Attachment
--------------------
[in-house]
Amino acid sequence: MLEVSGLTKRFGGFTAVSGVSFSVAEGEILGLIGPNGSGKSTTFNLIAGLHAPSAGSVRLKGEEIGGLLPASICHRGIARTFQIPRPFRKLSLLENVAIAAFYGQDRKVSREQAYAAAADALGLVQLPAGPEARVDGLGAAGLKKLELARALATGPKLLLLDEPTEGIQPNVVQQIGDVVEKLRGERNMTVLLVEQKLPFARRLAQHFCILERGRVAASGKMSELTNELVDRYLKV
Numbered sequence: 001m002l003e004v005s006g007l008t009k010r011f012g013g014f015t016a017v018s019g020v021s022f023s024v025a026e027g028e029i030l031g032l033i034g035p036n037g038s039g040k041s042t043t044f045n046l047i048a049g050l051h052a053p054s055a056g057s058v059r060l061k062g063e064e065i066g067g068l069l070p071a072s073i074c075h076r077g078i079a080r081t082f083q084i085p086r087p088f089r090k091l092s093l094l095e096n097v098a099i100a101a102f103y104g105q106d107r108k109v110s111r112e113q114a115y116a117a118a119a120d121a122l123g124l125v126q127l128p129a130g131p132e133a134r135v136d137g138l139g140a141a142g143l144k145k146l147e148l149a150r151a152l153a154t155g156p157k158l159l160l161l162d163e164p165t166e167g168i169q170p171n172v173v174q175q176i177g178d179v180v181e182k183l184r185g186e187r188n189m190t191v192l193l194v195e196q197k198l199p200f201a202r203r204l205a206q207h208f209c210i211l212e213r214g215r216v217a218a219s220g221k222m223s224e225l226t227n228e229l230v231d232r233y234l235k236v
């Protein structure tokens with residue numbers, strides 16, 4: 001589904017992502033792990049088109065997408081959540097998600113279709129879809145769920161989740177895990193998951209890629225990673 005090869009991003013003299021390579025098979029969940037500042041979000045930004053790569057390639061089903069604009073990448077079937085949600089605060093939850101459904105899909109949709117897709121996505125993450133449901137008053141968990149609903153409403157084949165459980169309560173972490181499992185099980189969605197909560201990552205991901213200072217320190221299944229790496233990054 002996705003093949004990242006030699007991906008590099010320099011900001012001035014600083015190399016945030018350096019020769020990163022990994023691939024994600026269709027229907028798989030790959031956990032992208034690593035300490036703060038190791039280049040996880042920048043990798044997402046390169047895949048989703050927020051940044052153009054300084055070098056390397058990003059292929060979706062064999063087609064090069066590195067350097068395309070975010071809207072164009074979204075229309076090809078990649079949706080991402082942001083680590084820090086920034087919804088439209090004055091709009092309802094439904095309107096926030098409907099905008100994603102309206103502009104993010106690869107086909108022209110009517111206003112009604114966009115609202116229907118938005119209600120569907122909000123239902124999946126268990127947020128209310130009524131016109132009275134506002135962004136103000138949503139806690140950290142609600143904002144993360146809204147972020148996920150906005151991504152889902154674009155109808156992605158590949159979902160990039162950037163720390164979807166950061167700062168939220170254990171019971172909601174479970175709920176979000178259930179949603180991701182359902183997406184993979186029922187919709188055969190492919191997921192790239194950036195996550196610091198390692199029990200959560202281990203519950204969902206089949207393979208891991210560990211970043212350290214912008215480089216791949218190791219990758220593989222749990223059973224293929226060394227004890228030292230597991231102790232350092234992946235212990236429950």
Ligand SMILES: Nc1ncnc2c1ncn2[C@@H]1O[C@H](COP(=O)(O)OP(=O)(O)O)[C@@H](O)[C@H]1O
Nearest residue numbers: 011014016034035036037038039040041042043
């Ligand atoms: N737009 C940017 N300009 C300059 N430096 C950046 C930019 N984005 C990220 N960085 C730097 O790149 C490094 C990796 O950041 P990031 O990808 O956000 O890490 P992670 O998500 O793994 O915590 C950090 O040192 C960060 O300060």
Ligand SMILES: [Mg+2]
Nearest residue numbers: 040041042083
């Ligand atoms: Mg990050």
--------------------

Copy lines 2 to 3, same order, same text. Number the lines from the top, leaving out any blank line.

Amino acid sequence: MLEVSGLTKRFGGFTAVSGVSFSVAEGEILGLIGPNGSGKSTTFNLIAGLHAPSAGSVRLKGEEIGGLLPASICHRGIARTFQIPRPFRKLSLLENVAIAAFYGQDRKVSREQAYAAAADALGLVQLPAGPEARVDGLGAAGLKKLELARALATGPKLLLLDEPTEGIQPNVVQQIGDVVEKLRGERNMTVLLVEQKLPFARRLAQHFCILERGRVAASGKMSELTNELVDRYLKV
Numbered sequence: 001m002l003e004v005s006g007l008t009k010r011f012g013g014f015t016a017v018s019g020v021s022f023s024v025a026e027g028e029i030l031g032l033i034g035p036n037g038s039g040k041s042t043t044f045n046l047i048a049g050l051h052a053p054s055a056g057s058v059r060l061k062g063e064e065i066g067g068l069l070p071a072s073i074c075h076r077g078i079a080r081t082f083q084i085p086r087p088f089r090k091l092s093l094l095e096n097v098a099i100a101a102f103y104g105q106d107r108k109v110s111r112e113q114a115y116a117a118a119a120d121a122l123g124l125v126q127l128p129a130g131p132e133a134r135v136d137g138l139g140a141a142g143l144k145k146l147e148l149a150r151a152l153a154t155g156p157k158l159l160l161l162d163e164p165t166e167g168i169q170p171n172v173v174q175q176i177g178d179v180v181e182k183l184r185g186e187r188n189m190t191v192l193l194v195e196q197k198l199p200f201a202r203r204l205a206q207h208f209c210i211l212e213r214g215r216v217a218a219s220g221k222m223s224e225l226t227n228e229l230v231d232r233y234l235k236v